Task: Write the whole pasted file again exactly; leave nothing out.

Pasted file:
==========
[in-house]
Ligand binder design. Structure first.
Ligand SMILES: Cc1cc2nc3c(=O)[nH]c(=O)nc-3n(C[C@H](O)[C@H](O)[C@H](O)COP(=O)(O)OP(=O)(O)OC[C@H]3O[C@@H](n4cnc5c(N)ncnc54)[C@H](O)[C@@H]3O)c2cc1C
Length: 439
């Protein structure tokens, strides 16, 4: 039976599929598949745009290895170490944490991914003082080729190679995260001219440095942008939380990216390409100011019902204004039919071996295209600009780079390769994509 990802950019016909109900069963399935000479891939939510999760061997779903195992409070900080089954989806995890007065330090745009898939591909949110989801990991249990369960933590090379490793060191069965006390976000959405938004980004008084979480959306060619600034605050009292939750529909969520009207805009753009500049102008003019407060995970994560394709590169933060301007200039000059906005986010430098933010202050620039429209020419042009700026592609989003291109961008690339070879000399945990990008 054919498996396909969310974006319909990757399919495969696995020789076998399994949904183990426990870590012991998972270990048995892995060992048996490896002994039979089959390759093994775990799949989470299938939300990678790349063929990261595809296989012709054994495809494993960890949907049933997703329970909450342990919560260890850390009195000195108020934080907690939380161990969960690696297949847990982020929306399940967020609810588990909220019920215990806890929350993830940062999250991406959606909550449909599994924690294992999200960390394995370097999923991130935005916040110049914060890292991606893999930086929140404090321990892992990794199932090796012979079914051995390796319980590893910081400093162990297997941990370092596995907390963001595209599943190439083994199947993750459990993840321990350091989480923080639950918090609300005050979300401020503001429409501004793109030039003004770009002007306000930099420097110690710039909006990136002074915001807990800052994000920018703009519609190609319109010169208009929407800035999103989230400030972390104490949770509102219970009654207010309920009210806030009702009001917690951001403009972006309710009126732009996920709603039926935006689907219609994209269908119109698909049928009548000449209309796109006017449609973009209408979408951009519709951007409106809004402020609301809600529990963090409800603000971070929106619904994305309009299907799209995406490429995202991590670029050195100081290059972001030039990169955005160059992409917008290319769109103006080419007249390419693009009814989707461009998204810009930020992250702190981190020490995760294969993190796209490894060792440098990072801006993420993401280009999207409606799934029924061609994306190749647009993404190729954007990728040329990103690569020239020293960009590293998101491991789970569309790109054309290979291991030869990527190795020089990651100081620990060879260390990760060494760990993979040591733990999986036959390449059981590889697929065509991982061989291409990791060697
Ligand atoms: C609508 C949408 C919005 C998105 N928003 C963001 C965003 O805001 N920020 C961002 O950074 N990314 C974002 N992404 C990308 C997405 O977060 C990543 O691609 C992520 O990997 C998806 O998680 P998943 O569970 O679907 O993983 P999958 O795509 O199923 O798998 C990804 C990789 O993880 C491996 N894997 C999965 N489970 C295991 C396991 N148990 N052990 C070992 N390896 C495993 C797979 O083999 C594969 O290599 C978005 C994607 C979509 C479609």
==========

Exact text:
[in-house]
Ligand binder design. Structure first.
Ligand SMILES: Cc1cc2nc3c(=O)[nH]c(=O)nc-3n(C[C@H](O)[C@H](O)[C@H](O)COP(=O)(O)OP(=O)(O)OC[C@H]3O[C@@H](n4cnc5c(N)ncnc54)[C@H](O)[C@@H]3O)c2cc1C
Length: 439
């Protein structure tokens, strides 16, 4: 039976599929598949745009290895170490944490991914003082080729190679995260001219440095942008939380990216390409100011019902204004039919071996295209600009780079390769994509 990802950019016909109900069963399935000479891939939510999760061997779903195992409070900080089954989806995890007065330090745009898939591909949110989801990991249990369960933590090379490793060191069965006390976000959405938004980004008084979480959306060619600034605050009292939750529909969520009207805009753009500049102008003019407060995970994560394709590169933060301007200039000059906005986010430098933010202050620039429209020419042009700026592609989003291109961008690339070879000399945990990008 054919498996396909969310974006319909990757399919495969696995020789076998399994949904183990426990870590012991998972270990048995892995060992048996490896002994039979089959390759093994775990799949989470299938939300990678790349063929990261595809296989012709054994495809494993960890949907049933997703329970909450342990919560260890850390009195000195108020934080907690939380161990969960690696297949847990982020929306399940967020609810588990909220019920215990806890929350993830940062999250991406959606909550449909599994924690294992999200960390394995370097999923991130935005916040110049914060890292991606893999930086929140404090321990892992990794199932090796012979079914051995390796319980590893910081400093162990297997941990370092596995907390963001595209599943190439083994199947993750459990993840321990350091989480923080639950918090609300005050979300401020503001429409501004793109030039003004770009002007306000930099420097110690710039909006990136002074915001807990800052994000920018703009519609190609319109010169208009929407800035999103989230400030972390104490949770509102219970009654207010309920009210806030009702009001917690951001403009972006309710009126732009996920709603039926935006689907219609994209269908119109698909049928009548000449209309796109006017449609973009209408979408951009519709951007409106809004402020609301809600529990963090409800603000971070929106619904994305309009299907799209995406490429995202991590670029050195100081290059972001030039990169955005160059992409917008290319769109103006080419007249390419693009009814989707461009998204810009930020992250702190981190020490995760294969993190796209490894060792440098990072801006993420993401280009999207409606799934029924061609994306190749647009993404190729954007990728040329990103690569020239020293960009590293998101491991789970569309790109054309290979291991030869990527190795020089990651100081620990060879260390990760060494760990993979040591733990999986036959390449059981590889697929065509991982061989291409990791060697
Ligand atoms: C609508 C949408 C919005 C998105 N928003 C963001 C965003 O805001 N920020 C961002 O950074 N990314 C974002 N992404 C990308 C997405 O977060 C990543 O691609 C992520 O990997 C998806 O998680 P998943 O569970 O679907 O993983 P999958 O795509 O199923 O798998 C990804 C990789 O993880 C491996 N894997 C999965 N489970 C295991 C396991 N148990 N052990 C070992 N390896 C495993 C797979 O083999 C594969 O290599 C978005 C994607 C979509 C479609």